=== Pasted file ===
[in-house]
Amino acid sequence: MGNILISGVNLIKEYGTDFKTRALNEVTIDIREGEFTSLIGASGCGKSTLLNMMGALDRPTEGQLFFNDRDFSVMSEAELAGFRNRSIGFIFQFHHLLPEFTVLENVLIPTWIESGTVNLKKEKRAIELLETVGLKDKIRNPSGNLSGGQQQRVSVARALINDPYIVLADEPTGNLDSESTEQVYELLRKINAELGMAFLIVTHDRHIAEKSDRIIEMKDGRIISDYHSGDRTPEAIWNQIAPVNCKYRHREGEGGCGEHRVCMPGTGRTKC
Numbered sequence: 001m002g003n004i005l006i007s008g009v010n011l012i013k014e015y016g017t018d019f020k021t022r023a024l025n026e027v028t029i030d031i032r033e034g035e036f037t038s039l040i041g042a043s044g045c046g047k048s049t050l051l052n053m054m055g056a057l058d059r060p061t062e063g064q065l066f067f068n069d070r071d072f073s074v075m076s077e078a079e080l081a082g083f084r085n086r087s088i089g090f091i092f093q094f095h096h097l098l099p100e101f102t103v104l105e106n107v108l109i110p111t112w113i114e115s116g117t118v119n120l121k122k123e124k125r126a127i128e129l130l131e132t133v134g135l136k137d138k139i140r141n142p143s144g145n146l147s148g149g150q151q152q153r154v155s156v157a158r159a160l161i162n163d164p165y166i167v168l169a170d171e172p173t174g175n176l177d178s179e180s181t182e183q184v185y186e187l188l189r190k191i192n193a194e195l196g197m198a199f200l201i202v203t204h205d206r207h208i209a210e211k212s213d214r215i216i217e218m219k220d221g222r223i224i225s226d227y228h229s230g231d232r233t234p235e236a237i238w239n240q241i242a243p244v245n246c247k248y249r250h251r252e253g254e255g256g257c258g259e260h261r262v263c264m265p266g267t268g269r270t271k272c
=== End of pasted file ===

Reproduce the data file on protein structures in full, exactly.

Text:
[in-house]
Amino acid sequence: MGNILISGVNLIKEYGTDFKTRALNEVTIDIREGEFTSLIGASGCGKSTLLNMMGALDRPTEGQLFFNDRDFSVMSEAELAGFRNRSIGFIFQFHHLLPEFTVLENVLIPTWIESGTVNLKKEKRAIELLETVGLKDKIRNPSGNLSGGQQQRVSVARALINDPYIVLADEPTGNLDSESTEQVYELLRKINAELGMAFLIVTHDRHIAEKSDRIIEMKDGRIISDYHSGDRTPEAIWNQIAPVNCKYRHREGEGGCGEHRVCMPGTGRTKC
Numbered sequence: 001m002g003n004i005l006i007s008g009v010n011l012i013k014e015y016g017t018d019f020k021t022r023a024l025n026e027v028t029i030d031i032r033e034g035e036f037t038s039l040i041g042a043s044g045c046g047k048s049t050l051l052n053m054m055g056a057l058d059r060p061t062e063g064q065l066f067f068n069d070r071d072f073s074v075m076s077e078a079e080l081a082g083f084r085n086r087s088i089g090f091i092f093q094f095h096h097l098l099p100e101f102t103v104l105e106n107v108l109i110p111t112w113i114e115s116g117t118v119n120l121k122k123e124k125r126a127i128e129l130l131e132t133v134g135l136k137d138k139i140r141n142p143s144g145n146l147s148g149g150q151q152q153r154v155s156v157a158r159a160l161i162n163d164p165y166i167v168l169a170d171e172p173t174g175n176l177d178s179e180s181t182e183q184v185y186e187l188l189r190k191i192n193a194e195l196g197m198a199f200l201i202v203t204h205d206r207h208i209a210e211k212s213d214r215i216i217e218m219k220d221g222r223i224i225s226d227y228h229s230g231d232r233t234p235e236a237i238w239n240q241i242a243p244v245n246c247k248y249r250h251r252e253g254e255g256g257c258g259e260h261r262v263c264m265p266g267t268g269r270t271k272c